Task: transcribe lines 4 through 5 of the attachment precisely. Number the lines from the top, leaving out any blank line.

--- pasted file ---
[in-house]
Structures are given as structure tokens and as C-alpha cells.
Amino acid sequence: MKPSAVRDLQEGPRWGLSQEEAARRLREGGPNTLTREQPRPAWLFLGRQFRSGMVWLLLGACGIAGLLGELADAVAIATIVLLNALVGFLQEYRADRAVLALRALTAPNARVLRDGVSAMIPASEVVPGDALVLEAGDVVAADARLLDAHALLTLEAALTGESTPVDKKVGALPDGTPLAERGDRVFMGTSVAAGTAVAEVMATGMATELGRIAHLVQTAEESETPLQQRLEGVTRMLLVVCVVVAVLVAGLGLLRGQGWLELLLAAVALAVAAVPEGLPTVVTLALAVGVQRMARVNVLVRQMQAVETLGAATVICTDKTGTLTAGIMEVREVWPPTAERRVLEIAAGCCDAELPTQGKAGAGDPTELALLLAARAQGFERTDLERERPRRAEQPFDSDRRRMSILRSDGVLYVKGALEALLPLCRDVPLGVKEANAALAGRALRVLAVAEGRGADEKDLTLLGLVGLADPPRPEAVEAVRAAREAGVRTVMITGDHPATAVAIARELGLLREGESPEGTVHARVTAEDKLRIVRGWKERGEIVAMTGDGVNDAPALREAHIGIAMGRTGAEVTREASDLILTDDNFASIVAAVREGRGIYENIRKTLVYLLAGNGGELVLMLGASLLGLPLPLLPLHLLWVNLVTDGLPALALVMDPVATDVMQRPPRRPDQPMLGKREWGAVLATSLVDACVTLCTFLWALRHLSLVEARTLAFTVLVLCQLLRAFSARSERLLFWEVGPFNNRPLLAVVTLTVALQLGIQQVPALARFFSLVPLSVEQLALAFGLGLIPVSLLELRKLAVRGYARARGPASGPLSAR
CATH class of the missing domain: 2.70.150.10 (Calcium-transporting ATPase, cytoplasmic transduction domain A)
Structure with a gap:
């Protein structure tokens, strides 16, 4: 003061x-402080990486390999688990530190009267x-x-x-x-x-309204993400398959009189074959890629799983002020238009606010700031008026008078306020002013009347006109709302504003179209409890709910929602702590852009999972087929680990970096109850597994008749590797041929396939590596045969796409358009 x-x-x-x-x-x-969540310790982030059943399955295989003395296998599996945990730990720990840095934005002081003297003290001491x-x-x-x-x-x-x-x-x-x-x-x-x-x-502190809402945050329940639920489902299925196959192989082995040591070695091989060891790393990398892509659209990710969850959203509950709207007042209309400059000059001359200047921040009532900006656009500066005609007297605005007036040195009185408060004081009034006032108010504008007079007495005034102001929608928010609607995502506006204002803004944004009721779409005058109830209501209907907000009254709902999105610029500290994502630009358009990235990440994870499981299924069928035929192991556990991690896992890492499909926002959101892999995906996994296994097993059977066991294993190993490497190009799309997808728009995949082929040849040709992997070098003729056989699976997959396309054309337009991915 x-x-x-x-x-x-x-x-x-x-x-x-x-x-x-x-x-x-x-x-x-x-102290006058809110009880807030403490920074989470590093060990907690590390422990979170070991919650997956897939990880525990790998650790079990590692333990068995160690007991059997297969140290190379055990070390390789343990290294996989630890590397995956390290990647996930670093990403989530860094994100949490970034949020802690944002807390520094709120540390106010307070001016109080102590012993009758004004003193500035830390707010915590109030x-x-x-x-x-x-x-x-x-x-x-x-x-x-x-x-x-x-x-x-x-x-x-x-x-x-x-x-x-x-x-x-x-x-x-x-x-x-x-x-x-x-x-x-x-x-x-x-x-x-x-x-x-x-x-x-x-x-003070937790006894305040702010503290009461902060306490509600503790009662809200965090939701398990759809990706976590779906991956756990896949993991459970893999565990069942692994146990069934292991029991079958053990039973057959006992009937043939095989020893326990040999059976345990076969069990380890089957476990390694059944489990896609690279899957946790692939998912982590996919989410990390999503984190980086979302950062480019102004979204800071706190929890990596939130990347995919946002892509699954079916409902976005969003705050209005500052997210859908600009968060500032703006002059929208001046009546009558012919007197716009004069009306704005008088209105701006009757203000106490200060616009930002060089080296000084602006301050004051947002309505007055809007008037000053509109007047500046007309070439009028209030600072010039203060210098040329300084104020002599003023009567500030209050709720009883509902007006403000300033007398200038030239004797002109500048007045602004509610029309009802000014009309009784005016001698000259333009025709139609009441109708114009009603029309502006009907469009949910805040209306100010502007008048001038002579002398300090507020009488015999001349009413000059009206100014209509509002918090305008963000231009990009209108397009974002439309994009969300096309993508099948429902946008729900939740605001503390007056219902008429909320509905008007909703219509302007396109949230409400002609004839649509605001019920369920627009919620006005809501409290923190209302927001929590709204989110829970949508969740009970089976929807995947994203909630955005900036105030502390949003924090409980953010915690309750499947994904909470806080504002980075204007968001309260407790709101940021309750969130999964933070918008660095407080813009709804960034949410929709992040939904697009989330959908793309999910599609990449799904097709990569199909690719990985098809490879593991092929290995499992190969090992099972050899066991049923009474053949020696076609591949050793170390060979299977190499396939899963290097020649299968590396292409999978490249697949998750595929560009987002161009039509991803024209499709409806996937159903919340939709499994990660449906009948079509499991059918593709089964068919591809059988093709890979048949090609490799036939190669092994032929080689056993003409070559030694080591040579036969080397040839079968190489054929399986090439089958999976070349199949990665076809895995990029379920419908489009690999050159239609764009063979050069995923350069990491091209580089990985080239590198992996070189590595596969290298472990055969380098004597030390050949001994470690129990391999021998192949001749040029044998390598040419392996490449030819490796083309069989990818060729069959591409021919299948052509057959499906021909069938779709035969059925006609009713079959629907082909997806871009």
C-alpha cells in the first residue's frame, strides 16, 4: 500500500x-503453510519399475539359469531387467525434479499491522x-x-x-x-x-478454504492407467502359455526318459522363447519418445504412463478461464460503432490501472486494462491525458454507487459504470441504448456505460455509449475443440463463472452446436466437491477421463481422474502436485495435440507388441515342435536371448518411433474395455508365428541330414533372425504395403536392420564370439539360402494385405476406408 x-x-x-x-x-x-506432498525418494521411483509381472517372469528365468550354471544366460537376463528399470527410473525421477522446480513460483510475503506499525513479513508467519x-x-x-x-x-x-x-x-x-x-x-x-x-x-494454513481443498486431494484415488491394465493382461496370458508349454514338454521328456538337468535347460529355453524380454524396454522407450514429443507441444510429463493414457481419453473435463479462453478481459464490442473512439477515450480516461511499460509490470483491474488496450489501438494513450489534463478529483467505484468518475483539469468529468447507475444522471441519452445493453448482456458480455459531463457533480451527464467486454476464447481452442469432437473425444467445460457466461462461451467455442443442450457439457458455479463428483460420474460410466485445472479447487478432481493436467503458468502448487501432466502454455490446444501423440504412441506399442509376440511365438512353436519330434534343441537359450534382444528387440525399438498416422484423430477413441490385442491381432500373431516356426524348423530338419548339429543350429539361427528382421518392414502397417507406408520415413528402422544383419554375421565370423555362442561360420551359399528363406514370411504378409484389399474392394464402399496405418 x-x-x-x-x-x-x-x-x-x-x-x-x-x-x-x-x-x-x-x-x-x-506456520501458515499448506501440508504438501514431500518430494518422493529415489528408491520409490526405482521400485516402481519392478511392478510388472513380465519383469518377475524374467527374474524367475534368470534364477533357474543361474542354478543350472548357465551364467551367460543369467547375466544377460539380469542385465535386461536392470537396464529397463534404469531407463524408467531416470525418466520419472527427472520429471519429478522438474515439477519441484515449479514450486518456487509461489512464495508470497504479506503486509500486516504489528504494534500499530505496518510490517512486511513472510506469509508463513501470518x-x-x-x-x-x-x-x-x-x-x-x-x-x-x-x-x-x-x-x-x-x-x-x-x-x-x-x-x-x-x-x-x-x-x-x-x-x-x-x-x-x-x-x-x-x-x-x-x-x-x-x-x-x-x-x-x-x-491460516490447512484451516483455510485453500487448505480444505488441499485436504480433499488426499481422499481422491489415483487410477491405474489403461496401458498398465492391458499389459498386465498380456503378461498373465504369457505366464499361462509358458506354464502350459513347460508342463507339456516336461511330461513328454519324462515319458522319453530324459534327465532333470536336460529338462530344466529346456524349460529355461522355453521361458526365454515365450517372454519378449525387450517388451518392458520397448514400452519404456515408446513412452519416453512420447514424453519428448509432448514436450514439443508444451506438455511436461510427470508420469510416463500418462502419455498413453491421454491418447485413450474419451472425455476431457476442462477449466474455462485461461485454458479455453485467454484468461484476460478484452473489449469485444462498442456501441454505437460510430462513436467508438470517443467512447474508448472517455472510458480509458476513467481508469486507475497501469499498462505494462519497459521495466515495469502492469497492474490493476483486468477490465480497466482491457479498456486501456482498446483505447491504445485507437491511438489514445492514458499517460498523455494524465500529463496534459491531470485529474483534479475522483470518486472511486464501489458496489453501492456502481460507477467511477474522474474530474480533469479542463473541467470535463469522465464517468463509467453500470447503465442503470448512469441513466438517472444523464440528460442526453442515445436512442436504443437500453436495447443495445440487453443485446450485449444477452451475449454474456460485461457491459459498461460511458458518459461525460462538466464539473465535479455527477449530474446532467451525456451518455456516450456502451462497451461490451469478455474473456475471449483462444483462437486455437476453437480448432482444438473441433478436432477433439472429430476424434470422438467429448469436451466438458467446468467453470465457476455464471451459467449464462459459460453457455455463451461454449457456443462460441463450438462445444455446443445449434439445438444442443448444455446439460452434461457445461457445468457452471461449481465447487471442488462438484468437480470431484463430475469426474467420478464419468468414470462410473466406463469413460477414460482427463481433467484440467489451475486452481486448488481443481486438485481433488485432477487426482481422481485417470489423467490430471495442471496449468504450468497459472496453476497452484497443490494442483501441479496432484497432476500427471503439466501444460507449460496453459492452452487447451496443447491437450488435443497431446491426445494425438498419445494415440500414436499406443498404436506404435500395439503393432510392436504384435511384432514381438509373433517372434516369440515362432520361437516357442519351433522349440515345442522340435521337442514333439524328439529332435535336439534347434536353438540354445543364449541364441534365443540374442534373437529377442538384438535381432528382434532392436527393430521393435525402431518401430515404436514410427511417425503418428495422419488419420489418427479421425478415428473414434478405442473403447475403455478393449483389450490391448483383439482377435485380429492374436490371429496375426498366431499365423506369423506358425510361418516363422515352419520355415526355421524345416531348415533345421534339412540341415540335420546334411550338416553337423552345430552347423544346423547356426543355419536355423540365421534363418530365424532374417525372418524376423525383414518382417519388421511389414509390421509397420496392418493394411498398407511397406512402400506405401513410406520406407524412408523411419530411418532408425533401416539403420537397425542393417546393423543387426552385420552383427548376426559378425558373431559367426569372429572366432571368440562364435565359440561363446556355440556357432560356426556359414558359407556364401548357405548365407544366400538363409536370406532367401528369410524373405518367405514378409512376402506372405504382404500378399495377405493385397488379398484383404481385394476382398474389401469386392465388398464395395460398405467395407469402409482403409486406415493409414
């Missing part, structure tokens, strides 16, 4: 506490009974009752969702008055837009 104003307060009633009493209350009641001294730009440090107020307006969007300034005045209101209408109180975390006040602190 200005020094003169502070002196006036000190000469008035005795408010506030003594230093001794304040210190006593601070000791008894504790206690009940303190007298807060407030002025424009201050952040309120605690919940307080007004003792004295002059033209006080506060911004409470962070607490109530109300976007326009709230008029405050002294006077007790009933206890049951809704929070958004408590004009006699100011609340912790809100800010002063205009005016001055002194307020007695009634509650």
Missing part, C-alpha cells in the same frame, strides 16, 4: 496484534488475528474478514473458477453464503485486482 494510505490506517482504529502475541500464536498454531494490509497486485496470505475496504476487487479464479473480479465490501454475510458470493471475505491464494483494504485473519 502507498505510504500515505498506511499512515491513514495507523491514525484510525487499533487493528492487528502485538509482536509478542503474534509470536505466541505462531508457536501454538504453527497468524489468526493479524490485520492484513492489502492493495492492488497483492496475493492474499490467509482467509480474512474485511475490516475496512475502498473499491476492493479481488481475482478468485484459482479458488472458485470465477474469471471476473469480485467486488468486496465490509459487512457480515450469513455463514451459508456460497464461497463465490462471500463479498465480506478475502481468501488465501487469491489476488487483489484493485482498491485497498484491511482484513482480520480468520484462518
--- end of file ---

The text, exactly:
CATH class of the missing domain: 2.70.150.10 (Calcium-transporting ATPase, cytoplasmic transduction domain A)
Structure with a gap: